The Great Gatsby

Saturday, December 03, 2005

Chapter Four

Focus of the Day: Meyer Wolfsheim

Quotes Describing Meyer Wolfsheim:

-"A small, flat-nosed Jew raised his large head and regarded me with two fine growths of hair which luxuriated in either nostril. After a moment I discovered his tiny eyes in the half-darkness." (pg.69)
-"A succulent hash arrived, and Mr. Wolfsheim, forgetting the more sentimental atmosphere of the old Metropole, began to eat with ferocious delicacy. His eyes, meanwhile, roved very slowly all around the room-he completed the arc by turning to inspect the people directly behind. I think that, except for my presence, he would have taken one short glance beneath our table." (pg.71)

The Good and Bad Qualities:

Meyer Wolfsheim is a sly, mysterious man that Nick is introduced to by Gatsby at lunch one afternoon. He discovers that Mr. Wolfsheim fixed the World's Series in 1919 and that he is a serious gambler. His proud and arrogant manner suggests that he himself is not an honest man, and his profession as a gambler is evidence toward his dishonesty. He does, on the other hand, have great respect for Gatsby.

Role of Meyer Wolfsheim:

In the city, Gatsby takes Nick to lunch and introduces him to Meyer Wolfshiem, who, he claims, was responsible for fixing the 1919 World Series. Wolfshiem is a shady character with underground business connections. He gives Nick the impression that the source of Gatsby’s wealth might be unsavory, and that Gatsby may even have ties to the sort of organized crime with which Wolfshiem is associated. He tries to worsen Nick's opinion of Gatsby buy suggesting that Gatsby acquired his fortune in a dishonet way.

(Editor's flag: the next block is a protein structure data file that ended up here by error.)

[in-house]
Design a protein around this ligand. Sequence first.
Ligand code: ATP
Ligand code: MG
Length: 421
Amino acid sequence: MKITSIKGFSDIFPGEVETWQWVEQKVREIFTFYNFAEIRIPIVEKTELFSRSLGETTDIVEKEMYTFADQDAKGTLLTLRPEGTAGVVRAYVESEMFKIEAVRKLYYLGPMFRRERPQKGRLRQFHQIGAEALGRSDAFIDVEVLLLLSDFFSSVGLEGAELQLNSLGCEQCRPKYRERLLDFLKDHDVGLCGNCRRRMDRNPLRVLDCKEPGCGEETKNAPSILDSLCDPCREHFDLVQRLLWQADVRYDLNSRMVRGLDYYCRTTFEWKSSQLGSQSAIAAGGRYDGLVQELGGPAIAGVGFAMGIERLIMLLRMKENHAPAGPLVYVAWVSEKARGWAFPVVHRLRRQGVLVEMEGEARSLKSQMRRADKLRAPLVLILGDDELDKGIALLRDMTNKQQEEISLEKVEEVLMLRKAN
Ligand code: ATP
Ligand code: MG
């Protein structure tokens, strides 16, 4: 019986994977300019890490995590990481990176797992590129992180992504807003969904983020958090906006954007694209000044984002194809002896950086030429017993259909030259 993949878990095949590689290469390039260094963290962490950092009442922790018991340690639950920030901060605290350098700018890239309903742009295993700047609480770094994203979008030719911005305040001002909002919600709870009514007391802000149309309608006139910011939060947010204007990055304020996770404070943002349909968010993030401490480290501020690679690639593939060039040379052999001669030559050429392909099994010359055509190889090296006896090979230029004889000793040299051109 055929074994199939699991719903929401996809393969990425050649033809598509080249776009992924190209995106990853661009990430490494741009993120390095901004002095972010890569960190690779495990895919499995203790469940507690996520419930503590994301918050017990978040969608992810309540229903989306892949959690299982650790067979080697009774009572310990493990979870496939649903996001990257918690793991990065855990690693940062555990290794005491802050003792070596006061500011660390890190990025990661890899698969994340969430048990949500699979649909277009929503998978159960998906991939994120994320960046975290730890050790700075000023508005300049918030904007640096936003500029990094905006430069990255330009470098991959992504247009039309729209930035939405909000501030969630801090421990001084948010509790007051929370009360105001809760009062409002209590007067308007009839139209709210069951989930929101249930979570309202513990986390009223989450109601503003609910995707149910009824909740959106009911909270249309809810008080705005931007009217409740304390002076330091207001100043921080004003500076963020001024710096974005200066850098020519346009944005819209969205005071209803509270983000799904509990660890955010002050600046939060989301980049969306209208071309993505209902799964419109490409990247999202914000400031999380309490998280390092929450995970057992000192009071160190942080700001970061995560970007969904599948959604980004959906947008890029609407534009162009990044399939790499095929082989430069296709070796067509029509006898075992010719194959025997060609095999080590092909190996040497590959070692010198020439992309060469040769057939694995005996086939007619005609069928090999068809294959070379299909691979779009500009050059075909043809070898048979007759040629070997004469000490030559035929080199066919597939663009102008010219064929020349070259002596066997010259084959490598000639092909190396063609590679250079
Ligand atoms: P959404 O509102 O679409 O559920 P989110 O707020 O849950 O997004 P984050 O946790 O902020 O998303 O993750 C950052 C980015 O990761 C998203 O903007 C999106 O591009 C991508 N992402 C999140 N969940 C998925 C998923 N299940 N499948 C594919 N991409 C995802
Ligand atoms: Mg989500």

Significant Quotes:

-"This quality was continually breaking through his punctilious manner in the shape of restlssness. He was never quite still; there was a always a tapping foot somewhere or the impatient opening and closing of a hand." (pg.64)

Here the reader is introduced to another side of Gatsby: the nervous, mysterious part of his personality. It suggests that something in his life is constantly bothering or troubling him. Later in the chapter, the audience is introduced to the details of Gatsby's past and his relationship with Daisy Buchanan. It can be assumed that he was nervous while explaining his background to Nick because he was trying to avoid mentioning Dasiy, who is Nick's cousin.

Symbols:

-The color white: "Taking a white card from his wallet, he waved it before the man's eyes." (pg.68)
-"'When I came opposite her house that morning her white roadster was behind the curb...'" (pg.74)

Another symbol is represented by the color white in chapter four: the idea of freedom. When Mr. Gastby held up the white card to the police officer, the officer apoligized for interrupting and allowed Mr. Gatsby to proceed without any questioning. Also, Dasiy's car is white, representing her ability to flee or go wherever she wants to whenever. Both the car and the card gave both Gatsby and Daisy the luxury of being free.

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